Never trust a NGO
Nullifying the referendum did not turn off the local movement. Ongoing petitions, mass meetings of up to 3000 participators, and taking up unsuccessful court cases against the Republic’s administration kept protesters busy. Even a group of VMZ company engineers mobilised to protest against the rocket engine reprocessing plant, openly defying company threats. Some local specialists on ballistic missiles who had originally backed the project turned against it after learning more about it. They argued the project wasn’t worth it as it would give little employment to locals, be governed from abroad, and be based on experimental technology. The factory’s planned three year duration is expected to produce thirteen tons of cyanic natrium NaCN, — a compound more poisonous than cyanic hydrogen and which is used as a chemical weapon. And they’re talking about dumping this stuff in the area surrounding the factory, without providing any special facilities to protect the environment. The ‘Ecological Impact Assessment’ that gave the project the green light was from the Green Cross, a corrupt business NGO founded by Mikhail Gorbachev which mostly runs by selling certificates to various business for money. It should be called a ‘Green Wash’.
The local city administration has been against the project since the beginning, defying the authoritarian regime of Volkov (president of Udmurtian republic) who has by now managed to replace the leadership of all Udmurtian cities with his men. The last city to fall was Votkinsk, where A. V. Kuznetsov — not even a city inhabitant himself — managed to replace defiant mayor V.L. Friedrich in elections on the 14th of March 2002. Former mayor Friedrich suffered a mainstream media-blackout during a very dirty election campaign, which included an obviously false statement from Udmurtian government that the plant would be cancelled. The incoming mayor Kuznetsov’s true position with regards to the project was not revealed to inhabitants of Votkinsk.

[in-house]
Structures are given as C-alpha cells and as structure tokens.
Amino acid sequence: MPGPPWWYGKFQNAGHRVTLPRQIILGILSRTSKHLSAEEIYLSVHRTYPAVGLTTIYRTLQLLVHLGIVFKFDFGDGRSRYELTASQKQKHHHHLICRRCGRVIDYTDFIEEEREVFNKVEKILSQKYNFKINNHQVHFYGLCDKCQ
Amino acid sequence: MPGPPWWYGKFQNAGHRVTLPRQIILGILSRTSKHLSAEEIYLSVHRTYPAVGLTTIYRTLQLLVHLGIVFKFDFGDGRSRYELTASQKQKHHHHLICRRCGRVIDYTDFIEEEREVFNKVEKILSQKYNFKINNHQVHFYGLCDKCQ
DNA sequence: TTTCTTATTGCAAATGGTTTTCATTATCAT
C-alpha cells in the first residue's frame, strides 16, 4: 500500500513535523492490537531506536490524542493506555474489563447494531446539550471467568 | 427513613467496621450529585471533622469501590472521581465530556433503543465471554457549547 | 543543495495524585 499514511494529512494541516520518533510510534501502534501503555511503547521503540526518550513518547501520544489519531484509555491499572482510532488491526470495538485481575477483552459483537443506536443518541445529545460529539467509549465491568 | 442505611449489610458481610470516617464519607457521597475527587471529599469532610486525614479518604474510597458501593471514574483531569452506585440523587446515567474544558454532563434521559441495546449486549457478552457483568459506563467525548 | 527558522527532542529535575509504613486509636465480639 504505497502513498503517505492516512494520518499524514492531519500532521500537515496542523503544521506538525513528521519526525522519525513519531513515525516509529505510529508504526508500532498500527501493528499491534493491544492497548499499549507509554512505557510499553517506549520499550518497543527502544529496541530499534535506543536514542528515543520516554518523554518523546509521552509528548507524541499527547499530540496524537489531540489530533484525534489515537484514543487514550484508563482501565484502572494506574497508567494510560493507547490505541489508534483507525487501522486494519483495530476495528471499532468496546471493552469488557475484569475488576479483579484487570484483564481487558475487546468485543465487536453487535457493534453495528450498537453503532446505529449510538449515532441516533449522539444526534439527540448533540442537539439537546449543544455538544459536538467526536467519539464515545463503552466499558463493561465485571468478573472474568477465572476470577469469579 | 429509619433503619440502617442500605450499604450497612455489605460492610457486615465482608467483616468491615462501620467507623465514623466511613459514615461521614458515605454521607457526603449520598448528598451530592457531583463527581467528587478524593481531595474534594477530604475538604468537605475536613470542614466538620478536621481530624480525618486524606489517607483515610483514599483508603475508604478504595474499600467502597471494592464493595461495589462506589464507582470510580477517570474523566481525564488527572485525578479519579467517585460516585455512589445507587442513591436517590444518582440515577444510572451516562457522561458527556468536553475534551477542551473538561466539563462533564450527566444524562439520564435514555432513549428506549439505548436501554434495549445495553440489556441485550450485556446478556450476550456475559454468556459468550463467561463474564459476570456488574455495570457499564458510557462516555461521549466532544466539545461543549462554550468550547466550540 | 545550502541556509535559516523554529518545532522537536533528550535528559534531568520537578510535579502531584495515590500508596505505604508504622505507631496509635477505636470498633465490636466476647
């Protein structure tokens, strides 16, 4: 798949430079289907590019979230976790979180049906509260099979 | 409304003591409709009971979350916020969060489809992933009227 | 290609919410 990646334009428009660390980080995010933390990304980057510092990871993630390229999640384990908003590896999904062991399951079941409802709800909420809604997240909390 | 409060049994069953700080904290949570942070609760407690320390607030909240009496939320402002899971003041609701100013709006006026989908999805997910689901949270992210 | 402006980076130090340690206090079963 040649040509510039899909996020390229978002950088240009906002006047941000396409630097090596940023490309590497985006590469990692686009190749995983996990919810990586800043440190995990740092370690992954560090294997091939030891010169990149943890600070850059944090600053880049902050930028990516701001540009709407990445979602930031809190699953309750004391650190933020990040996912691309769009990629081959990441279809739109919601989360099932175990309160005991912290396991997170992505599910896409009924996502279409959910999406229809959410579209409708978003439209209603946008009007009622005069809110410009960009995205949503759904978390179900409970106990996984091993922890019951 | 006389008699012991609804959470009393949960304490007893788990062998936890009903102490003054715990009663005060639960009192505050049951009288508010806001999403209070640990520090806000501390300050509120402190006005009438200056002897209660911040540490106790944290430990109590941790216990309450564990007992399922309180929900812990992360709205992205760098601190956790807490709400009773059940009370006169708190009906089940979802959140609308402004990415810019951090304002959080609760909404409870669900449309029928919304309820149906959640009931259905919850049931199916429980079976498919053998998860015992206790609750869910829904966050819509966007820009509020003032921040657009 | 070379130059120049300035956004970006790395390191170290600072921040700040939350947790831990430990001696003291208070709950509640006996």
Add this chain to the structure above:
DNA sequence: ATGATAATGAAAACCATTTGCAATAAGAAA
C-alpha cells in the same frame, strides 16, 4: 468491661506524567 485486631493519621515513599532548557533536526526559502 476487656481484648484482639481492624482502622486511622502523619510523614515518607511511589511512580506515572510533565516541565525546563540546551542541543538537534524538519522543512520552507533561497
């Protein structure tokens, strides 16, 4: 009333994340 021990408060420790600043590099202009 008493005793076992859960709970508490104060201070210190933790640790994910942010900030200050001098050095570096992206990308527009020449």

Protest campaign in the summer of 2001
The local movement asked the social ecologist Rainbow Keepers movement to organise a protest camp against the plant over last summer. Rainbow Keepers have organised similar summer campaigns since 1990 all over the European side of Russia, Belarus, and Ukraine. The Votkinsk camp, co-organised with the International Socio-Ecological Union, the Union for Chemical Safety, and local ecological activists, ran almost six weeks from 18th of July until 30th of August. More than a hundred people from the Russian cities of Volzhk, Kasimov, Moscow, Nizhny Novgorod, Kazan, Yekaterinburg, Kamensk-Uralsk, Volgograd, Saint-Petersburg, Samara, Ryazan and Tampere and Helsinki in Finland, came to take part. One of the camp’s Finnish activists got a five year deportation from Russia for his troubles.
Protesters organised daily info-stalls and civil-disobedience actions, and a public meeting on the 26th of July drew a crowd of 3,000 people. The camp was first attacked on the 29th of July when a group of five men threatened campers after midnight. At six o’clock that morning one of the tents was set on fire, but fortunately no-one was injured. On the 3rd of August 300 inhabitants took part in a peaceful protest outside the offices of Lockheed Martin in the city in a legal meeting, but police violently dispersed the crowd and arrested several participants. A solidarity picket for the imprisoned lasted five hours.